(This is a reprint from the September 2007 issue of Chem 13 News, pages 4-5.)

*When a 10.0-g sample of a mixture of CH _{4} and C_{2}H_{6} is burned in excess oxygen, exactly 525 kJ of heat is produced. What is the percentage by mass of CH_{4} in the original mixture?*

The molar mass for CH_{4} is 16.042 g mol^{-1}; and the molar mass for C_{2}H_{6} is 30.068 g mol^{-1}.

∆H = −890.4 kJ (per mol CH_{4})

∆H = −1560.0 kJ (per mol C_{2}H_{6})

Only 17% of students answered this question correctly on the 2007 CHEM 13 NEWS Exam. (Interestingly, 17% is also the answer to the question!!)

It has been our experience that many students struggle with stoichiometry problems involving mixtures, particularly when two components in the mixture contribute to the amount of product (or heat) obtained. A common error made by many students when solving a problem of this type is that they add the two chemical equations together to obtain a single chemical equation involving both components of the mixture. If the two chemical equations given above are added together, we obtain the equation below.

∆H = −2450.4

While the chemical equation above is balanced, it is wrong! It implies that both CH_{4} and C_{2}H_{6} must be present, and furthermore that they must be present in a 1:1 ratio in order to produce CO_{2} and H_{2}O. It should be perfectly clear from the chemical equations that were given that CH_{4} will react with O_{2} to give CO_{2} and H_{2}O, whether or not any C_{2}H_{6} is present. (Similarly, C_{2}H_{6} will react with O_{2} whether or not any CH_{4} is present.) The two combustion reactions are independent reactions and must not be combined, no matter how tempting it might be to add them.

Perhaps many students do not fully appreciate the difference between simultaneous reactions and consecutive reactions. Consecutive reactions are reactions that occur sequentially to yield products, whereas simultaneous reactions are a set of reactions that occur simultaneously and independently of each other. An example of a set of consecutive reactions is given below for the step-wise oxidation of HBr:

HBr + O_{2} → HOOBr (1)

HOOBr + HBr → 2 HOBr (2)

HOBr + HBr → H_{2}O + Br_{2} (3)

Evidence that the three reactions (1)-(3) form a sequence is the fact that a product from an earlier reaction is a reactant in a subsequent reaction. For example, reaction (2) cannot occur until HOOBr is produced by reaction (1), and similarly, reaction (3) cannot occur until some HOBr is produced by reaction (2). The chemical equations for a set of consecutive reactions can be added algebraically to obtain a chemical equation for the “net” or “overall” process. For the set of reactions given above, the correct combination is (1) + (2) + 2×(3), which gives the result below.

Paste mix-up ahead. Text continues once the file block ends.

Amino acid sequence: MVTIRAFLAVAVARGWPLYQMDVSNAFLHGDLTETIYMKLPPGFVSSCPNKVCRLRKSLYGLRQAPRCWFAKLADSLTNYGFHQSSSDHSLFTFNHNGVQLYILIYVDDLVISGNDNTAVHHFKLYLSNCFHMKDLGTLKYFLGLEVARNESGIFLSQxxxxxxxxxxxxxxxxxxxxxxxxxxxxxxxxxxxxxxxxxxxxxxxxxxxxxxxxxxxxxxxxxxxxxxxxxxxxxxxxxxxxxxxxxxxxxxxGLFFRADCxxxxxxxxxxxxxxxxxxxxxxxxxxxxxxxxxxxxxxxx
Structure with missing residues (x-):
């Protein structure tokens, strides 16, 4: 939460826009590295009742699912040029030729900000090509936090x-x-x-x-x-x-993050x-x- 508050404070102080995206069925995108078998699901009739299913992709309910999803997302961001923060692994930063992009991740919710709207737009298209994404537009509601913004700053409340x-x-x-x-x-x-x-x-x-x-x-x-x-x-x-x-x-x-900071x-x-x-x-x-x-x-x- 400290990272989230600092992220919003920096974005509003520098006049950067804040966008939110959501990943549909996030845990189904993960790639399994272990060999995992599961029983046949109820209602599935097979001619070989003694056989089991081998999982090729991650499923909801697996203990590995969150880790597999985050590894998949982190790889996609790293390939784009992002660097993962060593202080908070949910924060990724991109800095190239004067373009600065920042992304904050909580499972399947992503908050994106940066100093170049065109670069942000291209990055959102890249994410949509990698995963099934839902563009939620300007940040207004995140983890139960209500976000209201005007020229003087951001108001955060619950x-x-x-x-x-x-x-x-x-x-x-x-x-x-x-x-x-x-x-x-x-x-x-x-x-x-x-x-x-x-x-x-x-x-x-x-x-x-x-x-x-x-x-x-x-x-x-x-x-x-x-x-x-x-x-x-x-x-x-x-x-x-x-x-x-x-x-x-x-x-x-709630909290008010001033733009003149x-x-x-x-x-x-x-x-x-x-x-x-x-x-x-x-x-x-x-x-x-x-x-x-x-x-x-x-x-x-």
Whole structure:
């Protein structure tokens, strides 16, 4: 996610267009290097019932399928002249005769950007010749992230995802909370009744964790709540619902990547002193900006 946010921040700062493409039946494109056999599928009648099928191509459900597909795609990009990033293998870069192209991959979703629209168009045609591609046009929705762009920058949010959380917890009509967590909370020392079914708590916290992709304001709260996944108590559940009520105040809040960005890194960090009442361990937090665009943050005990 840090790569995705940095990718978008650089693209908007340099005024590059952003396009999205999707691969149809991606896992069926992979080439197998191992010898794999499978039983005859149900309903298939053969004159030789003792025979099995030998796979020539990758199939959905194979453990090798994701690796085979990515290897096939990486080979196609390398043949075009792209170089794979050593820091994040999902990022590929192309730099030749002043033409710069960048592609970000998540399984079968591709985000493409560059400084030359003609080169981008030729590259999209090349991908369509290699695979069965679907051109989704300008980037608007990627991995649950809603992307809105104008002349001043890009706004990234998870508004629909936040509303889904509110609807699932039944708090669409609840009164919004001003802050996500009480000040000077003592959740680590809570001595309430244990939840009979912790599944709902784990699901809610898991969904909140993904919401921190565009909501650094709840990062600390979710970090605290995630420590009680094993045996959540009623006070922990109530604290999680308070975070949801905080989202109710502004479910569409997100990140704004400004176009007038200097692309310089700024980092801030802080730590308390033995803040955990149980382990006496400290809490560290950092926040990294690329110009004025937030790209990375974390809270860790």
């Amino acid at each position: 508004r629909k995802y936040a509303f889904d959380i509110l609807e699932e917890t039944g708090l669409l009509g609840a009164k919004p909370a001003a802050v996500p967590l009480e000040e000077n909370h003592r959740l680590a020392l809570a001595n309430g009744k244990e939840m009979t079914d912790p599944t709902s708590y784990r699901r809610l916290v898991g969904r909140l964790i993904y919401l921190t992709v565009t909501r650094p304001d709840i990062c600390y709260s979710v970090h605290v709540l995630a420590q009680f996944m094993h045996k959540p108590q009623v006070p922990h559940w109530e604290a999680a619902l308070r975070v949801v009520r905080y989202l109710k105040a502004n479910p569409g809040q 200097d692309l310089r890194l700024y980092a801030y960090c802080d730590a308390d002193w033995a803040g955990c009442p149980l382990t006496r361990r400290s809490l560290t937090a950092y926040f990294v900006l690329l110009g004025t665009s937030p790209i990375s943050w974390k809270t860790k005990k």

4 HBr + O_{2} → 2 H_{2}O + 2 Br_{2} (4)

Note that equation (3) must be doubled before the equations are added together. Although the overall chemical equation (4) “hides” some of the chemistry involved, it correctly shows that HBr and O_{2} are consumed in the ratio 4:1 and that H_{2}O and Br_{2} are produced in a 2:2, or 1:1, ratio.

The combustion reactions for CH_{4} and C_{2}H_{6} are not consecutive reactions; they are simultaneous reactions. Simultaneous reactions must never be added together. The amount of product (or heat) obtained from each reaction is calculated independently, and the total amount of product (or heat) is calculated by adding the two amounts together at the end, as shown below.

**Approach #1: **

We are asked to determine the amount of CH_{4} in the sample, so let “x” be the mass of CH_{4}. The mass of C_{2}H_{6} must be 10.00 − x. Therefore, the number of moles of CH_{4} is (x/16.042) and the number of moles of C_{2}H_{6} is (10.00 − x)/30.068.

The combustion reactions tell us that we get 890.4 kJ of heat for every mole of CH_{4} and 1560.0 kJ of heat for every mole of C_{2}H_{6}. If q_{1} and q_{2} represent the amounts of heat we get from (x/16.042) moles of CH_{4} and (10.00 − x)/30.068 moles of C_{2}H_{6}, respectively, then we have:

The total amount of heat is q_{1} + q_{2} = 525 kJ, and so:

Solving for x, we obtain x = 1.72 and mass percentage of CH_{4} in the original mixture is approximately 17%.

**Approach #2:**

We first calculate the amounts of heat that would be obtained if the sample were pure CH_{4} or pure C_{2}H_{6}:

If “x” represents the fraction of the total mass that is CH_{4}, then q_{1} = 555.0x and q_{2} = 518.8(1−x). Therefore:

525 = 555.0 x + 518.8 (1 − x)

x = 0.17

Therefore, the sample is 17% CH_{4} by mass.

Actually, these two approaches are only superficially different. Both approaches consider how much heat is obtained from each reaction and those two quantities are then added together and set equal to the total amount of heat. The difference between the two approaches is only in what “x” represents. Another approach is to let “x” and “y” be the number of moles of CH_{4} and C_{2}H_{6}, respectively. The mass of the sample is 16.042x + 30.068y = 10.00 and the quantity of heat released is 890.4x + 1560.0y = 525. In this approach, one must solve two equations in two unknowns.

Consider applying one of these approaches to the following problem, which is slightly more complicated than problem #35 on the 2007 CHEM 13 NEWS Exam.

*A 2.00-g sample of a mixture of CaCl _{2} and RbCl is treated with excess AgNO_{3}(aq), causing AgCl(s) to precipitate from the solution. If the mass of AgCl obtained is 3.45 g, then what is the percentage by mass of RbCl in the original mixture? (Answer: 61.4% RbCl)*